SKIF was established in 1950 by Tsukunft, the youth organisation of the Bund. Leading figures, Symcha Burstin and Pinye Ringelblum were the first helfer (leaders). They modeled Melbourne’s SKIF on the organisation they had known in pre-war Poland and post-war France – and according to Bund ideals of socialist development and knowledge. The key to their success was close and personal contact with every member of the movement. Five young pioneers began meeting every Sunday and by the time the first SKIF camp took place in December 1950, there were seventeen children who attended for over two weeks in tents at Anglesea.
From 1953 there were sufficient members for kraizn (discussion groups) to meet in Carlton at Kadimah and in St Kilda at Jewish Welfare House in Herbert Street. The rapid growth in membership drove the establishment of a two year, eighty hour course for helfer. This model of training still exists in 2010.
In 1954 SKIF gave its first major concert in Melbourne. Held in the Kadimah hall, this included songs, choral recitals, gymnastic displays and a variety of presentations. In 1956, to mark the 30th anniversary of the establishment of SKIF in Poland, a huge concert was held. Presentations at these concerts included: Bontshe Shvaig / Bontshe the Silent One, Der Shpakchler / The Granary, and Mister Tvister. SKIF is still actively involved in many communal functions and especially in Yiddish theatre and musical productions, Holocaust commemorations and the ‘In One Voice’ outdoor concerts.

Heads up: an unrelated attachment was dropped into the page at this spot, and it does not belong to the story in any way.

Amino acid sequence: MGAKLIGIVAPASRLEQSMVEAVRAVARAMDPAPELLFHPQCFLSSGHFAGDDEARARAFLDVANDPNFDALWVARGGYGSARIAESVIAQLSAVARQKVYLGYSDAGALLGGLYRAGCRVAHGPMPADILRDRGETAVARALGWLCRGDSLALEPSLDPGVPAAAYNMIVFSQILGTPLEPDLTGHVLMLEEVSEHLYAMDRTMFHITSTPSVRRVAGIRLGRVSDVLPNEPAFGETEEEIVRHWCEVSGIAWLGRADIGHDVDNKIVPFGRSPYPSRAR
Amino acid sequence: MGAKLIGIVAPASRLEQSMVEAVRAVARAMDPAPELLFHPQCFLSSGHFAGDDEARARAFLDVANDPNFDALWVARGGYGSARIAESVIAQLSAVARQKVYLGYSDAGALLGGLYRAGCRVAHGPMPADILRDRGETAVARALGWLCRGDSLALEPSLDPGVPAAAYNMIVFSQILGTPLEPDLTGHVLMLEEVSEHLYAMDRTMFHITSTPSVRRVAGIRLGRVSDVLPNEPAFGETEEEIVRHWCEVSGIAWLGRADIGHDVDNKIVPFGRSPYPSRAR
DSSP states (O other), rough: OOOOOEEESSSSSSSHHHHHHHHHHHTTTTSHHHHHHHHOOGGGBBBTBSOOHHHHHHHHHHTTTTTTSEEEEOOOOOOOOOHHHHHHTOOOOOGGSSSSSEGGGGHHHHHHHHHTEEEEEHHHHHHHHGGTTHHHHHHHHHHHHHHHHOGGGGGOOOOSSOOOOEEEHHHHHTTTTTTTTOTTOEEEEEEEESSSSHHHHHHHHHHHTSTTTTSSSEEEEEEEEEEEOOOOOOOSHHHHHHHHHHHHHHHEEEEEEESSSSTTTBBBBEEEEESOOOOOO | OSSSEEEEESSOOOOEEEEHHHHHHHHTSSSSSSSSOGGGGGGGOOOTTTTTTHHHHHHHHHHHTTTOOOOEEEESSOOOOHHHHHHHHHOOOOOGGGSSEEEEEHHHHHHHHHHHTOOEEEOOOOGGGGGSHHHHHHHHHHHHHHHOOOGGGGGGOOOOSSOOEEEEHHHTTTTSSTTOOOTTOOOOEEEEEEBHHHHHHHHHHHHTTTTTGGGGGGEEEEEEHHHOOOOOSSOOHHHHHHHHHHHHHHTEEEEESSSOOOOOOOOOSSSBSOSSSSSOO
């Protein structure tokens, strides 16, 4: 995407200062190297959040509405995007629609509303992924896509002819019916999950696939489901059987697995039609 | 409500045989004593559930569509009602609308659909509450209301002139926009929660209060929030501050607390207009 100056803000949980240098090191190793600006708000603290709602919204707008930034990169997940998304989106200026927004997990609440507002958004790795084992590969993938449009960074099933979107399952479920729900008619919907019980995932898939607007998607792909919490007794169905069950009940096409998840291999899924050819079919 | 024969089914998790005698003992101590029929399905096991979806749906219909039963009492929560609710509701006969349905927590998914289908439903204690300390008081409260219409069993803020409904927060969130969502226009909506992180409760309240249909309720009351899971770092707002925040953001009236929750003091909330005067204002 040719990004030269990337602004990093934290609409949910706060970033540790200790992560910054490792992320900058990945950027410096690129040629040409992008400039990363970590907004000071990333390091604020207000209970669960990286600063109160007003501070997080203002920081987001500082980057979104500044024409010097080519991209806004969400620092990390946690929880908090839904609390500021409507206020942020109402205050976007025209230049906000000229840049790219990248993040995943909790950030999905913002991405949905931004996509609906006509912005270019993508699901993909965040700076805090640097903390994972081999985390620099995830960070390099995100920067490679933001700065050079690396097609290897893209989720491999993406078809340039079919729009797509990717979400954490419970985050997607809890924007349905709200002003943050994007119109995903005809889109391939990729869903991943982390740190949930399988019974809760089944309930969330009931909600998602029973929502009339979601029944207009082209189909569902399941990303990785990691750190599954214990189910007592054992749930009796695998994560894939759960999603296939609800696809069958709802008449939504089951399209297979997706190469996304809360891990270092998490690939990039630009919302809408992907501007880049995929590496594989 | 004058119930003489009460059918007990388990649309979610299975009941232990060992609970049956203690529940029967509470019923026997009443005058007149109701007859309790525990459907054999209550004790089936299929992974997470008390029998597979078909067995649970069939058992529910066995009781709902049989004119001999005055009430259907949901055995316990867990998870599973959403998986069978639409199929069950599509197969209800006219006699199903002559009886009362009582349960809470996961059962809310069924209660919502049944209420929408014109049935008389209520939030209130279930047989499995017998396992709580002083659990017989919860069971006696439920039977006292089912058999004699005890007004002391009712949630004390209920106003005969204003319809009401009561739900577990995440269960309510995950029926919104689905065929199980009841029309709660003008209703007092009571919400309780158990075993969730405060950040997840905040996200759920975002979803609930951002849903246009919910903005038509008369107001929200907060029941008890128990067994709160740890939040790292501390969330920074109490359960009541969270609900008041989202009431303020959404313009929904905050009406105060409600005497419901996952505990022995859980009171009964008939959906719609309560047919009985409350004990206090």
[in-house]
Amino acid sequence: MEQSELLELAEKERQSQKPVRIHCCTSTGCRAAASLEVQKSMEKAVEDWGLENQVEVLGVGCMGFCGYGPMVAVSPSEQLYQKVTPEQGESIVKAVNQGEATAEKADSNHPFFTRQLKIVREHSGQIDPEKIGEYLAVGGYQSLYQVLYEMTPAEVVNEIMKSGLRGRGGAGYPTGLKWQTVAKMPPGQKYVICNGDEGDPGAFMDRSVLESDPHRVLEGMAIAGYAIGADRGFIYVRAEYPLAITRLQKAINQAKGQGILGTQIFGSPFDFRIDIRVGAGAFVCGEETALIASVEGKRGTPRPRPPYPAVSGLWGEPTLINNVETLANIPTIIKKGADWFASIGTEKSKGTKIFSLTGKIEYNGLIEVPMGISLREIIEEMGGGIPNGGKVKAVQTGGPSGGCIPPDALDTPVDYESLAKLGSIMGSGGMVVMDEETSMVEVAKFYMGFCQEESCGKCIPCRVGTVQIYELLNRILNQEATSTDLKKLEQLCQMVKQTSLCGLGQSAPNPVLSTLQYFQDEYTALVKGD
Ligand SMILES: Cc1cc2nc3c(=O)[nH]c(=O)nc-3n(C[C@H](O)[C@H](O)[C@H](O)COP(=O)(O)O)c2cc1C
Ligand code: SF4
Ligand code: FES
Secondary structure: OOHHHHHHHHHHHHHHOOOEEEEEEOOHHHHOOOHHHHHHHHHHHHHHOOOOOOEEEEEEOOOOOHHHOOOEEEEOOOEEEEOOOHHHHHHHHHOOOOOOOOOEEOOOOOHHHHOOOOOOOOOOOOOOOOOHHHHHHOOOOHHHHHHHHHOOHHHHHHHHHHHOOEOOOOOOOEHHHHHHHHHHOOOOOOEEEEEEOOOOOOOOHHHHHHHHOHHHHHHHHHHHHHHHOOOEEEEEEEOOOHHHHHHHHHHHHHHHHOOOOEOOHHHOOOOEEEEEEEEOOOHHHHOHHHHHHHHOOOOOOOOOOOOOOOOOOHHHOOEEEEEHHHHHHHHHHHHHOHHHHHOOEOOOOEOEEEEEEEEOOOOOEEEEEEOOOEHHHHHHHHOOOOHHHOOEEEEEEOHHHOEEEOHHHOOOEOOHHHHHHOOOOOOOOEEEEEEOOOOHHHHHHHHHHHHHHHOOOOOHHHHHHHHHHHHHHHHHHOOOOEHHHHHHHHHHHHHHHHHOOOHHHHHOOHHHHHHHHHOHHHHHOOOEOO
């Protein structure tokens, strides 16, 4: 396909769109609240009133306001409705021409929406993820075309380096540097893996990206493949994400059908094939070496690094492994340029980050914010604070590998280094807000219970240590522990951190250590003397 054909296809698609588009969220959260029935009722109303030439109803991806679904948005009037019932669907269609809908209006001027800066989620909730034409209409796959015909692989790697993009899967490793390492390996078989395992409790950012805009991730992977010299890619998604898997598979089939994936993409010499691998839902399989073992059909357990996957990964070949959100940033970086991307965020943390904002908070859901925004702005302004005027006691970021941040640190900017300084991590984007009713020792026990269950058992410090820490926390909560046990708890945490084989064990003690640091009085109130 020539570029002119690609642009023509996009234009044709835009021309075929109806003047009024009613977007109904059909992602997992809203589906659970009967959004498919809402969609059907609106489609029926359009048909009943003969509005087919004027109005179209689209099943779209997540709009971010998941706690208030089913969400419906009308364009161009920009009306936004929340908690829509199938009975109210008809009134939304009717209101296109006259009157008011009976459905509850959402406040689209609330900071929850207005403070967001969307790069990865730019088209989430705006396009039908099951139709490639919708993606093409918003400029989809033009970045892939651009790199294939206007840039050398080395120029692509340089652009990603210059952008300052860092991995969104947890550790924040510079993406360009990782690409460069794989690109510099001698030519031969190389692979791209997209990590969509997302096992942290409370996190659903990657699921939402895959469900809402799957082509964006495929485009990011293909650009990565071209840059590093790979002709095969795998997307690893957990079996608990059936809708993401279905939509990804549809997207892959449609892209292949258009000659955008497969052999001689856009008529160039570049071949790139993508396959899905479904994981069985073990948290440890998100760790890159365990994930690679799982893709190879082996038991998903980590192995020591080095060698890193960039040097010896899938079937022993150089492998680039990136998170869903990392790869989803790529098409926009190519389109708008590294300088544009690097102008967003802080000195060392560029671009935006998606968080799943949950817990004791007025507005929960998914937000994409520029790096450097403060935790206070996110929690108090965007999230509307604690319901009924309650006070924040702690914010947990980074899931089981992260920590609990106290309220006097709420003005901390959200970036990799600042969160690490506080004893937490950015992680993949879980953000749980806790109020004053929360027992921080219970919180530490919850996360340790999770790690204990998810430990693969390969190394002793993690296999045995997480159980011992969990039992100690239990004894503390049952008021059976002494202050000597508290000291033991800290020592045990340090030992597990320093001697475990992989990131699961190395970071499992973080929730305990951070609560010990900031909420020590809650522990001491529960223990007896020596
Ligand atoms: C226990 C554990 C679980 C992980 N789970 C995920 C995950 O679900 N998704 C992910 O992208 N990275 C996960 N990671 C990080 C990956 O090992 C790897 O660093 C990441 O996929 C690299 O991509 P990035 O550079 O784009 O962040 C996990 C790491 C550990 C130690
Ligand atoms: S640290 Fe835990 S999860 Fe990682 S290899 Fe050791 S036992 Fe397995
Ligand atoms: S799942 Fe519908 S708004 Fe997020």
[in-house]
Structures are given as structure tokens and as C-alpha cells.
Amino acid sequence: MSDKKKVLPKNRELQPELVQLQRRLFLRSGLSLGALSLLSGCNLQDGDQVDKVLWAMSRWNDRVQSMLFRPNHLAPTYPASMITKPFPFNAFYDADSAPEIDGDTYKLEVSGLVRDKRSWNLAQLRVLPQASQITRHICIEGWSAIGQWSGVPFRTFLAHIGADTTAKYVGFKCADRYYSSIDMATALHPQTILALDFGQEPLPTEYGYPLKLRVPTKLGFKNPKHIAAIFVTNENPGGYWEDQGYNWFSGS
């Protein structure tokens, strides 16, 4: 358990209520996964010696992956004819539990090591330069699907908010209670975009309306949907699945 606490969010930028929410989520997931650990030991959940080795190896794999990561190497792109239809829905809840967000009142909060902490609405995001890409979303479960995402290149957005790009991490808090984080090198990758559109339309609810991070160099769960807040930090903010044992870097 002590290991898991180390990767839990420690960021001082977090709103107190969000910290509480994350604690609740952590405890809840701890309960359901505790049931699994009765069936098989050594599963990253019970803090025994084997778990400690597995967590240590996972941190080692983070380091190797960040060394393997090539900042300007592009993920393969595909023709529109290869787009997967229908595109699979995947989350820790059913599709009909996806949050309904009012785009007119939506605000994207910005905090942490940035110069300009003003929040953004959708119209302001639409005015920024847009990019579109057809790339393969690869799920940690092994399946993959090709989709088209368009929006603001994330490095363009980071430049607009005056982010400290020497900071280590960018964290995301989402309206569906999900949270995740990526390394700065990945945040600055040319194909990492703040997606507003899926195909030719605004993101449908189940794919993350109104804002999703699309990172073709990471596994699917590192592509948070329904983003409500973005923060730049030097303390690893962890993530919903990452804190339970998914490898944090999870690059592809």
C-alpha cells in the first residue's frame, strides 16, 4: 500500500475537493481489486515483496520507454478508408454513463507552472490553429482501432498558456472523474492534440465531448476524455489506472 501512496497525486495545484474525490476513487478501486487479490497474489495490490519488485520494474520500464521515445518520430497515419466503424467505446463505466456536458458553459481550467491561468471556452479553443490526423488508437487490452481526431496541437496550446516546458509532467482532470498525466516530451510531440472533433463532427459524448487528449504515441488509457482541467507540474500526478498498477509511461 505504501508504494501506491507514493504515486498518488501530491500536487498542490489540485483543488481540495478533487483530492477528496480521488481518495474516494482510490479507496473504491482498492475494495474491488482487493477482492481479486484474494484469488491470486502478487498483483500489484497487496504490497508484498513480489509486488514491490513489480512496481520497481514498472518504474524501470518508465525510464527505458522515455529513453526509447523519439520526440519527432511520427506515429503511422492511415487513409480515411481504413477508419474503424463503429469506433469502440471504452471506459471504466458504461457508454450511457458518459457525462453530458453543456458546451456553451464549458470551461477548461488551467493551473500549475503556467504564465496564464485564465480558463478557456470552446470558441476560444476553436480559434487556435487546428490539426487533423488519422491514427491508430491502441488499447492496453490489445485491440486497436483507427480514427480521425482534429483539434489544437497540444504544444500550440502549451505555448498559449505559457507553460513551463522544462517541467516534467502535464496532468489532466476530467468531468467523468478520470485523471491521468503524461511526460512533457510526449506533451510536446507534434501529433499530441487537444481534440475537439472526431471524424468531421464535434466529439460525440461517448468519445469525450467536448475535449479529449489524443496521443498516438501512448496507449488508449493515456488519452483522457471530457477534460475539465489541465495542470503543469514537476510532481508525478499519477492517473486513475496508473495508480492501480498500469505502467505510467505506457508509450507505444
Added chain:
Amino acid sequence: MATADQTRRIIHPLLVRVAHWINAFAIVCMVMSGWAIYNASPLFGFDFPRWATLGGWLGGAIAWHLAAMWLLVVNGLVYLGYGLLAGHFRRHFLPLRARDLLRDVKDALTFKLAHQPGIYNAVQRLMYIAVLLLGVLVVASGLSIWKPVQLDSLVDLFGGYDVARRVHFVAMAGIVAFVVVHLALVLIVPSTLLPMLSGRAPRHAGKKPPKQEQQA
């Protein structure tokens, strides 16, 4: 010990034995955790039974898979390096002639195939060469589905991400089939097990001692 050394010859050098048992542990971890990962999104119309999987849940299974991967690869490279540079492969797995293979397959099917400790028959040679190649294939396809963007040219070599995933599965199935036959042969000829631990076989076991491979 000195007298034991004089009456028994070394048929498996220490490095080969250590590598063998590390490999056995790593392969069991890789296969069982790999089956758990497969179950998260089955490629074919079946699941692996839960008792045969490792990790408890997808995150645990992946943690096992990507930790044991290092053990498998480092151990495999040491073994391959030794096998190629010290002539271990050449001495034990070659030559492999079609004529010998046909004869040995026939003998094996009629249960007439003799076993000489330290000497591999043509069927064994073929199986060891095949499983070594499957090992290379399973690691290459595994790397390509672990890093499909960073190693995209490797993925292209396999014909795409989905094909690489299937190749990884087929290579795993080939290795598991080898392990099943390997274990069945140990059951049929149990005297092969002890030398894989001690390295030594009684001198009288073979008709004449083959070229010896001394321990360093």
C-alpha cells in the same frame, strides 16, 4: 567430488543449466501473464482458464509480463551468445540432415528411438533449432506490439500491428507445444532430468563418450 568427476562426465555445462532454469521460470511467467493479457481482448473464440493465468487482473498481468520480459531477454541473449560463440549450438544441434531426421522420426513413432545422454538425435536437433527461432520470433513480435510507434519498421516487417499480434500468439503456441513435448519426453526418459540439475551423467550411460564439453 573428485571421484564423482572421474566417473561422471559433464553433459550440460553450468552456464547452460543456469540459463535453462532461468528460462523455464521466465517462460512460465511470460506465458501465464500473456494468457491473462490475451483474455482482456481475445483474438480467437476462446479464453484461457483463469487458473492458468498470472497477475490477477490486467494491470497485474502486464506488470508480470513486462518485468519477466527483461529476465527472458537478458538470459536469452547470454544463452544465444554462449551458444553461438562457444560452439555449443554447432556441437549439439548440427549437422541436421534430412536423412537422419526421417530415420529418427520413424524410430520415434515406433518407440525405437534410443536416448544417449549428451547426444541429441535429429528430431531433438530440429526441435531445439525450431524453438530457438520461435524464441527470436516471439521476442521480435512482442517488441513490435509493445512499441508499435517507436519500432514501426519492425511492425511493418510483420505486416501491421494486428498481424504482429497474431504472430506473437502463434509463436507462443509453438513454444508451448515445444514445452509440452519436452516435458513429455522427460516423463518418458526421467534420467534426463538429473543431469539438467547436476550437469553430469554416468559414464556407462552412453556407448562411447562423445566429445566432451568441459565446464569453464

Summer and winter camps continue to attract between sixty and ninety participants, although weekly attendance at kraizn in Waks House, Hawthorn Road, Caulfield, has diminished to fifteen or twenty young people, with the declining number of Yiddish speakers in Melbourne.
The social ties, the warm relationships, the chavershaft (camaraderie) developed, remains with former SKIFISTN throughout their lives.